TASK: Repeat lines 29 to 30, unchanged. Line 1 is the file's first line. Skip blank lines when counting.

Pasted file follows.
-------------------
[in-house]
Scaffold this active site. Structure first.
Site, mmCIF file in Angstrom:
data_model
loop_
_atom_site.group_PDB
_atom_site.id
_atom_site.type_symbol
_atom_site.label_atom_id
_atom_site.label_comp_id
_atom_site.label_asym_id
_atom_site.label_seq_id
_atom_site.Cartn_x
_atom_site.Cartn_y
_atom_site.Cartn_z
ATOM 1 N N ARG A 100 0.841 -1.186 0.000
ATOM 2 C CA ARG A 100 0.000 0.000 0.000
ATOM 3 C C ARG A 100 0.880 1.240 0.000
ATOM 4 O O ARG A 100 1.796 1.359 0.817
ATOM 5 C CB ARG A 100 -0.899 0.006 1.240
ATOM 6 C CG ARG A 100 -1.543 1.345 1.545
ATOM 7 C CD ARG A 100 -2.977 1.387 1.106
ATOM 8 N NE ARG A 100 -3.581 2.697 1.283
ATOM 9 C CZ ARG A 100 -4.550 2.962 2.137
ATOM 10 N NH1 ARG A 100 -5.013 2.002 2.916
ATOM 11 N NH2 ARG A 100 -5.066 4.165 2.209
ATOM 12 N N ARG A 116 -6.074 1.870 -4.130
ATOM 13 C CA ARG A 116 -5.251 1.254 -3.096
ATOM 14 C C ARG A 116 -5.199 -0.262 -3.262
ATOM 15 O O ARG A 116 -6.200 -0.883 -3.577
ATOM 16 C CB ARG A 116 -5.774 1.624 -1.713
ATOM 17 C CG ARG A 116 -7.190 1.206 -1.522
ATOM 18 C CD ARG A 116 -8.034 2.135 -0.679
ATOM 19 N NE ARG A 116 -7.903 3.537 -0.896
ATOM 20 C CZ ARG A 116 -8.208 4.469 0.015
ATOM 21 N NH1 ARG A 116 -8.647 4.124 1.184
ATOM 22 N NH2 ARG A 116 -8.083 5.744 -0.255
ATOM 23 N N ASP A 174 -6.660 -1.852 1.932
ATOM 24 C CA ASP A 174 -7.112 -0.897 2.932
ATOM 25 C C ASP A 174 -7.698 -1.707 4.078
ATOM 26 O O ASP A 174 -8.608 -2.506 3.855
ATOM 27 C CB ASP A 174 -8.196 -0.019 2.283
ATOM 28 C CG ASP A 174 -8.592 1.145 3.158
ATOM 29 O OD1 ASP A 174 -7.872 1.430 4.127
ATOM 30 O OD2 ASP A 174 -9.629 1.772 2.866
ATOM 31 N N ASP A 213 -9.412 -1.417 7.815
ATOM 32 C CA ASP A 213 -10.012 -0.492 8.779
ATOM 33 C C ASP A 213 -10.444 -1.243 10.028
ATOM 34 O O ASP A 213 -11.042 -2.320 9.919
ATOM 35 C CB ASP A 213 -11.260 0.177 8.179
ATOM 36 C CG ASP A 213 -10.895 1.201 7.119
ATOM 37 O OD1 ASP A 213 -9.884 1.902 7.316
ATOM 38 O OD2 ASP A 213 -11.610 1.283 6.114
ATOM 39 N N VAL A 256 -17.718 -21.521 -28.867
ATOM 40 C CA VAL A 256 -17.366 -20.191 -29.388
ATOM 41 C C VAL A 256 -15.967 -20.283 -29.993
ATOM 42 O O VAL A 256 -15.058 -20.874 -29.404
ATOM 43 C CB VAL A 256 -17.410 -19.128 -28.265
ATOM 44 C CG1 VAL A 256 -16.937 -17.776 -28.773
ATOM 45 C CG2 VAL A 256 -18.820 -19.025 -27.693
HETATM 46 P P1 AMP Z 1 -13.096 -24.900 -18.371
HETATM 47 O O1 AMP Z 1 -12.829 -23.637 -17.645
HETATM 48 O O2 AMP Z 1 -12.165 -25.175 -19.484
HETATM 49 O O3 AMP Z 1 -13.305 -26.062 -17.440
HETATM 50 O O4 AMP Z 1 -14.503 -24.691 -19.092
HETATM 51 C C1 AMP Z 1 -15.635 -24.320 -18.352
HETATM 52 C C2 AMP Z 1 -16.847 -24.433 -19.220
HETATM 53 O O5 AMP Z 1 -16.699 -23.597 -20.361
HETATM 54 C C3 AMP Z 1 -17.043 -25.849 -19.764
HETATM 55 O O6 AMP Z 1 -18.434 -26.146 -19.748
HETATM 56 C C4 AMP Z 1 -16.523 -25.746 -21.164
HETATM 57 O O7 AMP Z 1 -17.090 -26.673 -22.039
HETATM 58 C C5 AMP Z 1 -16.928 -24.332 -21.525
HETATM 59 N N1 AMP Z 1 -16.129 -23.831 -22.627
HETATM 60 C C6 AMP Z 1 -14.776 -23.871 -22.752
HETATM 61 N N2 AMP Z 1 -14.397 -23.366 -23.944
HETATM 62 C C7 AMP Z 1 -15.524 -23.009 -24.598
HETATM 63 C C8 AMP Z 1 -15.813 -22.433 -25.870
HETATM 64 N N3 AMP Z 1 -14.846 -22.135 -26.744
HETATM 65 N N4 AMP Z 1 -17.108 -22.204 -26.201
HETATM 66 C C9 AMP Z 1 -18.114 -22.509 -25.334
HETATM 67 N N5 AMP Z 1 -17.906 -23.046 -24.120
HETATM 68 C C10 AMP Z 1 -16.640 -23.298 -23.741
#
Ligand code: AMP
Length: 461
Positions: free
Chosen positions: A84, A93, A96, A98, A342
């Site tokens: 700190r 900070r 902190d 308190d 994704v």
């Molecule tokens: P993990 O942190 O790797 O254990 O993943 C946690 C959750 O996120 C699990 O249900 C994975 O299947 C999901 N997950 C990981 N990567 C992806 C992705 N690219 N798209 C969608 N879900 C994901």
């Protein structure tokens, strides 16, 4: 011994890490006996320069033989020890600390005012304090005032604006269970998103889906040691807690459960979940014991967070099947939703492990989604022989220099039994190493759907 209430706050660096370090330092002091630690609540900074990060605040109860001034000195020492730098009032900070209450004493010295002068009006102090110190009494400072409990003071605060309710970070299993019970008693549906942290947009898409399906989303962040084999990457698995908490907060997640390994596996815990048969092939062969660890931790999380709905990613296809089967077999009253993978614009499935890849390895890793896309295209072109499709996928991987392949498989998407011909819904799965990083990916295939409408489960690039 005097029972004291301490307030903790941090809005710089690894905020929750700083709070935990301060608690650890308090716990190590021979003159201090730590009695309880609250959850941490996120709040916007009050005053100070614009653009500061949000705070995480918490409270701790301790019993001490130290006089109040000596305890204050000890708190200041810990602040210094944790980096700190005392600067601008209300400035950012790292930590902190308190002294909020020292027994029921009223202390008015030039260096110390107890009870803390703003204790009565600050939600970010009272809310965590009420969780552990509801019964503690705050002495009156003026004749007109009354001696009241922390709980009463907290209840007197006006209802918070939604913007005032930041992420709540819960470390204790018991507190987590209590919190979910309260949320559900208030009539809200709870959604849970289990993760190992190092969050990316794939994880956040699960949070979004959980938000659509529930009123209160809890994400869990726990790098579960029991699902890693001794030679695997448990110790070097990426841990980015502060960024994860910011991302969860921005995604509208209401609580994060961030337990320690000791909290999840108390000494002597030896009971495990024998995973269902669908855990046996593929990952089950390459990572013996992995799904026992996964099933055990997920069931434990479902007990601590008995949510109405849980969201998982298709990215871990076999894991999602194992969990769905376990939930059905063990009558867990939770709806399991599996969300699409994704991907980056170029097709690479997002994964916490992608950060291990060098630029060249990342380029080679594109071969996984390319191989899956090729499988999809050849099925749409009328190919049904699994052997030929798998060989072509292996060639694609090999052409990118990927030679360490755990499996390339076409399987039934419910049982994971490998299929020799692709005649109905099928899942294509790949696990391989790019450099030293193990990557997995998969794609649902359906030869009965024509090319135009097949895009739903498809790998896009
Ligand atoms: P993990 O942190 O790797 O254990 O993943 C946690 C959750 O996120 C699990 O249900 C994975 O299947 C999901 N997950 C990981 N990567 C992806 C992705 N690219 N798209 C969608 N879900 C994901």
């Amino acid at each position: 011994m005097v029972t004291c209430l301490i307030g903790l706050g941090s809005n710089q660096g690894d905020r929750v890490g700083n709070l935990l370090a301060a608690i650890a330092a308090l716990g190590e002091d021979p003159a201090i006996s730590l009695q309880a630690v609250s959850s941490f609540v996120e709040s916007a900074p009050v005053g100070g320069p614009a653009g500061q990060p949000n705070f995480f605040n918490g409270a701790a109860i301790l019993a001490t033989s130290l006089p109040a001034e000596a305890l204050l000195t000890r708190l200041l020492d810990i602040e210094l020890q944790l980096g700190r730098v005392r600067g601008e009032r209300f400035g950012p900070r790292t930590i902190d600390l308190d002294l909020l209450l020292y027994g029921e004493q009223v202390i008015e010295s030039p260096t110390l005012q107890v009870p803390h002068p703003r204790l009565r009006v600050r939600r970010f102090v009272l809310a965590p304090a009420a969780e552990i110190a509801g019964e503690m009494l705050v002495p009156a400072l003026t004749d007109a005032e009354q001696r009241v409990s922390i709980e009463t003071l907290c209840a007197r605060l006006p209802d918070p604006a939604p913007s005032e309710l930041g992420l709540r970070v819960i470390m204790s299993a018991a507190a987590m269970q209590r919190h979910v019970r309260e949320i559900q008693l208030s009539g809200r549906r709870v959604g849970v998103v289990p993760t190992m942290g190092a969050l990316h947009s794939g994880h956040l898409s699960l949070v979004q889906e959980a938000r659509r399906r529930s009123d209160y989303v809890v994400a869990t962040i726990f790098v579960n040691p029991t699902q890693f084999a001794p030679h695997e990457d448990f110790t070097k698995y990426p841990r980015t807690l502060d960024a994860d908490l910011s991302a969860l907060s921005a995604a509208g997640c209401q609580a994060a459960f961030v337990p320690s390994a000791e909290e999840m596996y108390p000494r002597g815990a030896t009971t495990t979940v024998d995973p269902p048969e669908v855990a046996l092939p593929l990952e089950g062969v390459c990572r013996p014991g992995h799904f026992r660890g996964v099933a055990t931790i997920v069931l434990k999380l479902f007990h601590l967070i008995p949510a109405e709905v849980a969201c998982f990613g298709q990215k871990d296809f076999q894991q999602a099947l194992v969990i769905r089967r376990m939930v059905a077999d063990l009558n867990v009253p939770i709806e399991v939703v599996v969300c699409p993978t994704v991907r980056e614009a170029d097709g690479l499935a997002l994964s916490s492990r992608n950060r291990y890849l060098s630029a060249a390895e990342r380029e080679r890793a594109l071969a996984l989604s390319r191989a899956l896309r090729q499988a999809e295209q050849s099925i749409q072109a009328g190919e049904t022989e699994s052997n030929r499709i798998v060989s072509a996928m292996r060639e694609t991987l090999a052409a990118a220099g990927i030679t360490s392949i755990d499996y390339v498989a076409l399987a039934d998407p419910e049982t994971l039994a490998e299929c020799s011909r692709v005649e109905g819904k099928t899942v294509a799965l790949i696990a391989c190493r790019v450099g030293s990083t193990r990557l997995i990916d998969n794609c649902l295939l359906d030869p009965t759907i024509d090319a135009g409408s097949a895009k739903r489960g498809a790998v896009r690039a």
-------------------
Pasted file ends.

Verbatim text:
ATOM 14 C C ARG A 116 -5.199 -0.262 -3.262
ATOM 15 O O ARG A 116 -6.200 -0.883 -3.577